Music historian Richie Unterberger to discuss ’70s soul music at Novato Library

San Francisco-based music historian Richie Unterberger has written more than a dozen books and has taught numerous classes at College of Marin in Kentfield on the history of rock music. He frequently gives presentations at libraries in the Bay Area, accompanied by rare clips and unreleased recordings. On Saturday, Unterberger will present a program on soul music in the 1970s, featuring videos of artists like Nina Simone, Sly Stone, Marvin Gaye, Stevie Wonder and Curtis Mayfield, who pushed the genre in a more intellectually and artistically challenging direction during that decade. Though the focus is largely on African American music, Unterberger will also discuss reggae artists like Jimmy Cliff and Bob Marley, who brought the Afro-diasporic culture of tiny Jamaica to global attention in the ’70s.

The talk will take place at 11 a.m. Saturday at the Novato Library at 1720 Novato Blvd. in Novato.

This presentation is in conjunction with the Novato Library Book Club, whose most recent selection “Another Brooklyn” (Jacqueline Woodson, 2016) focuses on a Black woman growing up in ’70s New York who likely would have been surrounded by music such as this.

Unterberger took some time to explain the significance of his upcoming presentation and why the ‘70s were such a fertile time for soul music.

Q How did you narrow down which artists and videos to show?

A I decided to focus on the ones that showed soul music developing into a more socially conscious form. But it’s not all protest music or songs reflecting the worst conditions of African American life. I have a couple of clips from Wattstax, a major soul music festival that sometimes has been forgotten in relation to the famous rock festivals of the time. Wattstax was a major statement in the heart of a major Black community, Watts (in Los Angeles), that had a negative image in much of the press because of the riots that had happened there. But it was a real community, and (Wattstax) was a celebration not just of soul music but of that Black community.

Q Tell me about the social and political climate that inspired this music.

A I think throughout the ‘60s a greater surge of African American pride had been growing. African Americans had to some degree more social and political power than they had ever experienced in this country, and it wasn’t just through elected officials but also through activist organizations like the Black Panther Party, which, of course, was based in the East Bay and became a national movement. And for the more negative aspects, there are various theories as to why the prevalence of drug use, especially hard drugs, increased in African American urban communities in the ‘70s. But it was definitely there, and it wasn’t just affecting the community as far as addiction. Quite a few young people turned to selling and profiting from drugs, in part I think due to the limited economic opportunities for African Americans and other minorities.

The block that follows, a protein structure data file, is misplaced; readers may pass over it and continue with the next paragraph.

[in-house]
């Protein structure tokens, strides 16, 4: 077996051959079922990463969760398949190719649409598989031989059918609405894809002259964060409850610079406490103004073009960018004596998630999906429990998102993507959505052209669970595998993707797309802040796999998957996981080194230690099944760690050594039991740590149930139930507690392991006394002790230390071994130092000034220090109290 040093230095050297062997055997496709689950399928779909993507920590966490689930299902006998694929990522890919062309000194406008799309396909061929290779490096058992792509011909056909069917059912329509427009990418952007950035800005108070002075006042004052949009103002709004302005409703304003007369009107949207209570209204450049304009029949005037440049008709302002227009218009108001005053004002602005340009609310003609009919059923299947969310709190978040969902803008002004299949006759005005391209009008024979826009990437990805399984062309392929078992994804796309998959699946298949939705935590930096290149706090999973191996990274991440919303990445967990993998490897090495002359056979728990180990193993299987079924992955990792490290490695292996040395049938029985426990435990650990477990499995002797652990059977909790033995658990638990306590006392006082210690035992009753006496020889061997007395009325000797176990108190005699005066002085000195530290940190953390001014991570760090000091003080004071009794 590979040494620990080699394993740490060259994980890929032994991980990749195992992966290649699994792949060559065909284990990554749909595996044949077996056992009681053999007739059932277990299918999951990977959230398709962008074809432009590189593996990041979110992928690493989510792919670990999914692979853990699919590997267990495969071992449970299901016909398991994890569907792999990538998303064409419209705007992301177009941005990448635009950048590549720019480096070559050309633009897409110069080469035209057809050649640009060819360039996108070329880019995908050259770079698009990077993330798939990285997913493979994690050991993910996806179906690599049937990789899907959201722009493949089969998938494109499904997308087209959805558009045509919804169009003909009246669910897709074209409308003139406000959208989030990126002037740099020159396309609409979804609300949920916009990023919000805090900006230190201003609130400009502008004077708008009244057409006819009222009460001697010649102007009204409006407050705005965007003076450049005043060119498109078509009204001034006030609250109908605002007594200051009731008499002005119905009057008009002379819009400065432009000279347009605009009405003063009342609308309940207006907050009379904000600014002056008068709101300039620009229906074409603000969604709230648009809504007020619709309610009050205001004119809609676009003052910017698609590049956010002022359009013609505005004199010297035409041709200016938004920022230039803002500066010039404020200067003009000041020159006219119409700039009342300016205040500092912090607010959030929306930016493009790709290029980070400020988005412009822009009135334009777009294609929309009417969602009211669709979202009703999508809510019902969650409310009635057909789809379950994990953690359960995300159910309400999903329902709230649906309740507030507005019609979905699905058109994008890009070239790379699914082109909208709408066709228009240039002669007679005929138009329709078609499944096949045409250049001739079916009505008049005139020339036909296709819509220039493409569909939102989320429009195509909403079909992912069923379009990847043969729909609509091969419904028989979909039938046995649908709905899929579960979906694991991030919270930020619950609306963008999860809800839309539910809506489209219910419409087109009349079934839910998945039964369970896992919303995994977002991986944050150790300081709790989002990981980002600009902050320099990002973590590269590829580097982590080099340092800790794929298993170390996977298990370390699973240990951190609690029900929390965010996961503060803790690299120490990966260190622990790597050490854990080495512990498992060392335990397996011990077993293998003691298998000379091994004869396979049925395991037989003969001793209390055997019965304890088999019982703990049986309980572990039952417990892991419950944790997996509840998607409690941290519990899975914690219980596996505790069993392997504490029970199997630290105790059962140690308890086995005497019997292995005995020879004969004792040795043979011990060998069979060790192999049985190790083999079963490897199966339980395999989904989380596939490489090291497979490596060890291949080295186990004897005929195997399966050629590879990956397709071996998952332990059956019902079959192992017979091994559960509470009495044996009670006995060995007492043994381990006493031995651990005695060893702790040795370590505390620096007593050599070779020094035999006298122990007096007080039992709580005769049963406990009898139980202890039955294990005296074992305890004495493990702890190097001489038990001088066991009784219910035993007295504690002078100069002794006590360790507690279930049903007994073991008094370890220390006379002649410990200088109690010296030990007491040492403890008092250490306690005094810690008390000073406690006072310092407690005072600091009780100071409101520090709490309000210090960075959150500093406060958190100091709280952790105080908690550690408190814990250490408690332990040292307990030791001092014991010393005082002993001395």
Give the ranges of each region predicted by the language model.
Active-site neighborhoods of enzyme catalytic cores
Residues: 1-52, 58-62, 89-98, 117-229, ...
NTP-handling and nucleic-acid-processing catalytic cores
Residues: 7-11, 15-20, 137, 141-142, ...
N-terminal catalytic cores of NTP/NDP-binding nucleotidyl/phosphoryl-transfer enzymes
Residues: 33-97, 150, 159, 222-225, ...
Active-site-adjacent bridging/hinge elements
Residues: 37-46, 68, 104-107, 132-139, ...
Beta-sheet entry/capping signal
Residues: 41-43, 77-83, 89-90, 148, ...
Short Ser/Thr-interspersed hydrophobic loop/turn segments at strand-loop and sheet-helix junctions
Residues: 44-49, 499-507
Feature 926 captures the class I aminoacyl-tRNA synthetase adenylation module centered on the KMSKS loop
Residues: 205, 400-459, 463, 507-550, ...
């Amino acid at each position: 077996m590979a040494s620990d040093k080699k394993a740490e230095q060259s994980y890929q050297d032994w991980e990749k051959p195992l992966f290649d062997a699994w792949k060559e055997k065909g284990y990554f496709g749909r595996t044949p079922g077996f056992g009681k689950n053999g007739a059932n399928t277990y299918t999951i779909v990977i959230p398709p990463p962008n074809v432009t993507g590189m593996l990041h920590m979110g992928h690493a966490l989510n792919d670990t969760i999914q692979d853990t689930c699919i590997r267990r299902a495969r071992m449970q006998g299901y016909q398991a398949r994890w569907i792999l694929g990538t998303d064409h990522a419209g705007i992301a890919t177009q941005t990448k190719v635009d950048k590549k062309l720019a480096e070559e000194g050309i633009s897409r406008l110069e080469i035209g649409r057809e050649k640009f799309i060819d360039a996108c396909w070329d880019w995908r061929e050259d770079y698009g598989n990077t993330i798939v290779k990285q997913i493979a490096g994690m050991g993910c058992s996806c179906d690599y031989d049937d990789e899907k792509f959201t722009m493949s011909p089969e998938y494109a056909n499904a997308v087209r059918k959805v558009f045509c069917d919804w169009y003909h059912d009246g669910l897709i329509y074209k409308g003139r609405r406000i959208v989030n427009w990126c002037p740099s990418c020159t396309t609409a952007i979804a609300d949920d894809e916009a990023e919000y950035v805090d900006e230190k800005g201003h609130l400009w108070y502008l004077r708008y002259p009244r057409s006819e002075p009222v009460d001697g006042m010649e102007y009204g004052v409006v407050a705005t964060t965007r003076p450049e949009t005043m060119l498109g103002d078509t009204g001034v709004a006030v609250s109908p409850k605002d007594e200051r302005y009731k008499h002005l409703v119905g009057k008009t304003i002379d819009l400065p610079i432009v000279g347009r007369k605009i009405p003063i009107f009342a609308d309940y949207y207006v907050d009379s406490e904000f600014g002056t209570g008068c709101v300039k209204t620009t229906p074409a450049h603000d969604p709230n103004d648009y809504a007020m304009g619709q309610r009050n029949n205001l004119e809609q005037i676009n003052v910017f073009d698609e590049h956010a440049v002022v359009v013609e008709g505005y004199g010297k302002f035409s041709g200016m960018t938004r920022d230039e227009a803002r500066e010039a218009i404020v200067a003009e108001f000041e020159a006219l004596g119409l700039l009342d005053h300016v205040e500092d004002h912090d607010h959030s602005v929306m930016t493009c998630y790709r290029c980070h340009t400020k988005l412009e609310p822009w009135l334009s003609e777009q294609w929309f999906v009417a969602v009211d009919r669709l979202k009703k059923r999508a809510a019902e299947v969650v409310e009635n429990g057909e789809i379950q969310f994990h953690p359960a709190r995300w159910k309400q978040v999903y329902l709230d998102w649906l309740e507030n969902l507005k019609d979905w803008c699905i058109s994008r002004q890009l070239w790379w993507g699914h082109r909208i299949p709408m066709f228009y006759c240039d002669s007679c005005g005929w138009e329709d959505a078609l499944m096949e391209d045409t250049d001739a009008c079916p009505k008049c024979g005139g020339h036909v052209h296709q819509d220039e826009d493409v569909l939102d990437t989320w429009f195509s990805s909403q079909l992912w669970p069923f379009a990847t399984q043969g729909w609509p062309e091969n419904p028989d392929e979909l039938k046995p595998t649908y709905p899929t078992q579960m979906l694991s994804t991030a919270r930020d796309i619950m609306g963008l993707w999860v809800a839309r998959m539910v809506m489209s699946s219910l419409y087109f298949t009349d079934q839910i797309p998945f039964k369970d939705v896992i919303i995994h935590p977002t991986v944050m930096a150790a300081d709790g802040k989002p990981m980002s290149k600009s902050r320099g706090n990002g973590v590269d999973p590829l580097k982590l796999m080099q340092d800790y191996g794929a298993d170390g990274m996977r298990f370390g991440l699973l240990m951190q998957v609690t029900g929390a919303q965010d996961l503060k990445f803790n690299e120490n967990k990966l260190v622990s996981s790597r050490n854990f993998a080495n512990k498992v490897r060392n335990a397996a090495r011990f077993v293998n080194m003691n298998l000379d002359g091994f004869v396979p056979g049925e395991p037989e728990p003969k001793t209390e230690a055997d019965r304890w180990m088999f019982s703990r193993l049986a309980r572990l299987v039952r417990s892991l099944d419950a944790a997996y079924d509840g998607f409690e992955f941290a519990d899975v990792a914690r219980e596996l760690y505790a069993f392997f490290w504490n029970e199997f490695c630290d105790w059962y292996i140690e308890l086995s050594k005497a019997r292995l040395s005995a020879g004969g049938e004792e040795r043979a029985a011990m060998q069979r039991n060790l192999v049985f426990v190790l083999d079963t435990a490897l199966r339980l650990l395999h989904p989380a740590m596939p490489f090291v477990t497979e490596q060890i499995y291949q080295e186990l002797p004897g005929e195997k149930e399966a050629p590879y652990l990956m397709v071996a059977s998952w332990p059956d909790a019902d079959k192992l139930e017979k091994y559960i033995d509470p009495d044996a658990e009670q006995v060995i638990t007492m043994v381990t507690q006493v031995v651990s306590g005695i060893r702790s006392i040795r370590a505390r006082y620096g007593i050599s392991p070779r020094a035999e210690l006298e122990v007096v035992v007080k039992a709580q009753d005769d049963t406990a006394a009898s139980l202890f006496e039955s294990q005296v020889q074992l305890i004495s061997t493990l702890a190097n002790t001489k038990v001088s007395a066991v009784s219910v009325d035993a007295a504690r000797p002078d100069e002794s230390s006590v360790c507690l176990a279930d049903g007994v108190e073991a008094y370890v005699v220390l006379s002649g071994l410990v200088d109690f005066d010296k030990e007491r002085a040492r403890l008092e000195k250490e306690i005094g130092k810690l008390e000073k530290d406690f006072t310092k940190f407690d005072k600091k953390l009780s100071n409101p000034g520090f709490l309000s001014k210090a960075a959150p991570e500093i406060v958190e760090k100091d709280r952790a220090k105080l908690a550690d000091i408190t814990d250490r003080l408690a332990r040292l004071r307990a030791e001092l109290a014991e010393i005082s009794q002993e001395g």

Q The 1970s was an amazingly creative period for soul music. What do you believe inspired this surge of creativity?

A Although soul music of the ‘60s was a great and important form, in the ‘70s it was moving in exciting new directions with the blend of influences from rock — not just sonic influences like Jimi Hendrix and psychedelic rock, but also how music was assembled and packaged. In the 1960s, soul music had been very oriented towards singles. That was starting to change in the mid- to late ‘60s by artists who were considering the album as a total experience and an art form. Songs, even if they weren’t about politics per se, were addressing subjects aside from romance or dancing and partying, which in soul and rock had been the main subjects before the mid-’60s.

Q Is there a particular artist or album you feel exemplifies the artistic and social currents in 1970s soul?

A Personally, I think Curtis Mayfield’s “Superfly” reflects inner-city realities in a really interesting way. There were a lot of what are called “blaxploitation” movies in the ‘70s, and there were quite a few soundtracks — there was Marvin Gaye’s “Trouble Man,” for instance — but “Superfly” is easily the best of those. The movie on the surface is like a shoot-’em-up thing with a bunch of bad guys dealing with guys who aren’t quite as bad. I think the soundtrack tells you what’s really going on, not just in the movie, but with the drug wars and fatalities that were growing in the African American community in the early ‘70s. It’s interesting, too, that the soundtrack ended up being a lot more enduring than the movie. The movie I think is pretty mediocre, but the songs tell you what’s really going on in the inner city beyond some of the more sensational aspects.

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